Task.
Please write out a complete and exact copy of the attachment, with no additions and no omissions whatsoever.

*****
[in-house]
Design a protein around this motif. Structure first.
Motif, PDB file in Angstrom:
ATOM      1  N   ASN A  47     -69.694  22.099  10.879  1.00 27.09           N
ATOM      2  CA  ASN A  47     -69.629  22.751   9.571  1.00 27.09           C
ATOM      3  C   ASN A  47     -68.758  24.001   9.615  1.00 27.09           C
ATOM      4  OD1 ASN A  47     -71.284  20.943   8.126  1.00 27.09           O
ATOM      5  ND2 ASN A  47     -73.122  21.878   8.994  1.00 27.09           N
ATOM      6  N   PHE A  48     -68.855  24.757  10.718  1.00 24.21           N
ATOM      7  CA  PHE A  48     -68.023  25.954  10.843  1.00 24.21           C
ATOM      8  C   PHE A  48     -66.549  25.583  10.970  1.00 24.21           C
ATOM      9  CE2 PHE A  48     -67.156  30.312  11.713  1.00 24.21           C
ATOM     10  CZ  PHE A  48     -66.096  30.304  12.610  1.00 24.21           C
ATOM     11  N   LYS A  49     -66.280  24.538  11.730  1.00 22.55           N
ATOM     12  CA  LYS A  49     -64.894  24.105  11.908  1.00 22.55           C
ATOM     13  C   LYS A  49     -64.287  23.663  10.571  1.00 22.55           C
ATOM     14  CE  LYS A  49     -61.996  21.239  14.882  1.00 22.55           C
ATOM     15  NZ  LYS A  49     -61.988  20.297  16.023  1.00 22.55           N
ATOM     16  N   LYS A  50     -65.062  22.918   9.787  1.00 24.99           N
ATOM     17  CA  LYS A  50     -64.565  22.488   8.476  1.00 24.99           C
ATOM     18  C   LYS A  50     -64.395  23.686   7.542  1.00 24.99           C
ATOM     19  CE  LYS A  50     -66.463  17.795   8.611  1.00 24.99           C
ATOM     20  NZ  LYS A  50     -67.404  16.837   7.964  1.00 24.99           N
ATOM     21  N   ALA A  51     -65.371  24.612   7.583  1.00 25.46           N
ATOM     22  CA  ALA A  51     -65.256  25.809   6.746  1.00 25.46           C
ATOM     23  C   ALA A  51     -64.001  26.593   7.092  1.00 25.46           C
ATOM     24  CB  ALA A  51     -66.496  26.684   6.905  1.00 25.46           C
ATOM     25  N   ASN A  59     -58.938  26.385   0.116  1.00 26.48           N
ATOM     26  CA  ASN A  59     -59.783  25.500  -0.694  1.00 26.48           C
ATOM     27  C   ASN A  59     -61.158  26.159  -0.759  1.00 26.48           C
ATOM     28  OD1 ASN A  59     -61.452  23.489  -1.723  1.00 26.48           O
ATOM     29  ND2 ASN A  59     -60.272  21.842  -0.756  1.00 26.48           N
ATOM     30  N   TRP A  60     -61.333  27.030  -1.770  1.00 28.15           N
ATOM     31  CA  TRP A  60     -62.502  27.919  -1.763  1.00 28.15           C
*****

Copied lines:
[in-house]
Design a protein around this motif. Structure first.
Motif, PDB file in Angstrom:
ATOM      1  N   ASN A  47     -69.694  22.099  10.879  1.00 27.09           N
ATOM      2  CA  ASN A  47     -69.629  22.751   9.571  1.00 27.09           C
ATOM      3  C   ASN A  47     -68.758  24.001   9.615  1.00 27.09           C
ATOM      4  OD1 ASN A  47     -71.284  20.943   8.126  1.00 27.09           O
ATOM      5  ND2 ASN A  47     -73.122  21.878   8.994  1.00 27.09           N
ATOM      6  N   PHE A  48     -68.855  24.757  10.718  1.00 24.21           N
ATOM      7  CA  PHE A  48     -68.023  25.954  10.843  1.00 24.21           C
ATOM      8  C   PHE A  48     -66.549  25.583  10.970  1.00 24.21           C
ATOM      9  CE2 PHE A  48     -67.156  30.312  11.713  1.00 24.21           C
ATOM     10  CZ  PHE A  48     -66.096  30.304  12.610  1.00 24.21           C
ATOM     11  N   LYS A  49     -66.280  24.538  11.730  1.00 22.55           N
ATOM     12  CA  LYS A  49     -64.894  24.105  11.908  1.00 22.55           C
ATOM     13  C   LYS A  49     -64.287  23.663  10.571  1.00 22.55           C
ATOM     14  CE  LYS A  49     -61.996  21.239  14.882  1.00 22.55           C
ATOM     15  NZ  LYS A  49     -61.988  20.297  16.023  1.00 22.55           N
ATOM     16  N   LYS A  50     -65.062  22.918   9.787  1.00 24.99           N
ATOM     17  CA  LYS A  50     -64.565  22.488   8.476  1.00 24.99           C
ATOM     18  C   LYS A  50     -64.395  23.686   7.542  1.00 24.99           C
ATOM     19  CE  LYS A  50     -66.463  17.795   8.611  1.00 24.99           C
ATOM     20  NZ  LYS A  50     -67.404  16.837   7.964  1.00 24.99           N
ATOM     21  N   ALA A  51     -65.371  24.612   7.583  1.00 25.46           N
ATOM     22  CA  ALA A  51     -65.256  25.809   6.746  1.00 25.46           C
ATOM     23  C   ALA A  51     -64.001  26.593   7.092  1.00 25.46           C
ATOM     24  CB  ALA A  51     -66.496  26.684   6.905  1.00 25.46           C
ATOM     25  N   ASN A  59     -58.938  26.385   0.116  1.00 26.48           N
ATOM     26  CA  ASN A  59     -59.783  25.500  -0.694  1.00 26.48           C
ATOM     27  C   ASN A  59     -61.158  26.159  -0.759  1.00 26.48           C
ATOM     28  OD1 ASN A  59     -61.452  23.489  -1.723  1.00 26.48           O
ATOM     29  ND2 ASN A  59     -60.272  21.842  -0.756  1.00 26.48           N
ATOM     30  N   TRP A  60     -61.333  27.030  -1.770  1.00 28.15           N
ATOM     31  CA  TRP A  60     -62.502  27.919  -1.763  1.00 28.15           C